Half of your soul is missing.
The lost part is in the mirror.
And unless Sylas Tate can save you, you will never be whole again.
Sylas Tate leads a lonely existence since his mother died. But then the tolling of a giant bell draws him into another world known as the Other, where he discovers not only that he has an inborn talent for the nature-influenced magic of the Fourth Way, but also that his mother might just have come from this strange parallel place.
Meanwhile, evil forces are stirring, and an astounding revelation awaits Sylas as to the true nature of the Other. As violence looms and the stakes get ever higher, Sylas must seek out the other half of his soul – otherwise the entire universe may fall…
Early on, The Bell Between Worlds feels very familiar, old-fashioned is probably the wrong phrase, it’s more that the execution feels like the traditional fantasy novels of my childhood.
I dislike it when books get compared to the greats of the genre. Let them stand on their own feet thanks. However, I can see where the comparisons to CS Lewis and the like have come from, the initial chapters definitely have that sort of feel, although the book soon forges its own inventive course.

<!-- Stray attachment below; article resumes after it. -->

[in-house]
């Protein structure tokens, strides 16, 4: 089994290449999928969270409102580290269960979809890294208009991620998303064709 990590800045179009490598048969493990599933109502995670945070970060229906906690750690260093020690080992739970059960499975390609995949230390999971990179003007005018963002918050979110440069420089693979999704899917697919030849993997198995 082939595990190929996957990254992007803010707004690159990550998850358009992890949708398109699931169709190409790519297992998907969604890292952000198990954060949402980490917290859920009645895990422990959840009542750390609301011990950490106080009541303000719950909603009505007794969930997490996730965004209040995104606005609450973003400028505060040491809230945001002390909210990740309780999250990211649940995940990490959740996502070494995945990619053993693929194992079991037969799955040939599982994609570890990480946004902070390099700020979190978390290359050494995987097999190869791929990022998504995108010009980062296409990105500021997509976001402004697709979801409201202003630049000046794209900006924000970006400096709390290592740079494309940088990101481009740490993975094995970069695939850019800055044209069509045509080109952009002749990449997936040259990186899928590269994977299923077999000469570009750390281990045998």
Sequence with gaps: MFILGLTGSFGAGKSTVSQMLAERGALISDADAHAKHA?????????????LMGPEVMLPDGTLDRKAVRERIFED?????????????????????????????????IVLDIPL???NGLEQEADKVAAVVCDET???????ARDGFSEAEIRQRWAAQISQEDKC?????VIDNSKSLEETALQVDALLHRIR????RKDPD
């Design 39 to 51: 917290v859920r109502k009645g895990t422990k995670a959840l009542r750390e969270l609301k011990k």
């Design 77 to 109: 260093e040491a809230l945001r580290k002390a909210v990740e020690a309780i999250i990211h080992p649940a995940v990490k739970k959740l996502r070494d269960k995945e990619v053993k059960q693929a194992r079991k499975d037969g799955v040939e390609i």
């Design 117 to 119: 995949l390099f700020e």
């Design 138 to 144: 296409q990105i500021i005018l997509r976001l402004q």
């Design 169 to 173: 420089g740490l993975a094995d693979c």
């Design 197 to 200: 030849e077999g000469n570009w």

I really liked our main character, Sylas, insightful and determined, it’s easy to care about him straight away. Stuck living with his cantankerous and somewhat overbearing uncle, colour flares in his previously dull existence when he first comes across Mr Zhi and his Shop of Things.
Imagination sparked. The things he sees within and the book Mr Zhi gives him, soon launch Sylas on an amazing adventure. when a tolling bell, sends him into a new world
The second character I loved, was the girl Simia. Just as determined, if not more so, as Sylas. She is the first person Sylas meets in The Other, there’s an instant spark between the two, and a wonderful friendship blossoms; their looks, asides, and elbow digs to each other are just a joy to watch. Thankfully there’s no rush into a relationship between them, and indeed if it never does develop into one in future books, it won’t matter, it’ll work just as well either way. Credit to Ian Johnstone for totally nailing it.
The world building and storytelling is fantastic too, vivid, imaginative and totally engrossing it’s very easy to find yourself pulled into The Other alongside Sylas and Simia, feeling their excitement, joy, and fear, as the story unfolds.
I really enjoyed The Bell Between Worlds, and I suspect my younger-self would have been even more eager than I am for the next volume, so we could visit again.
My copy was provided by the publisher via Netgalley for review purposes.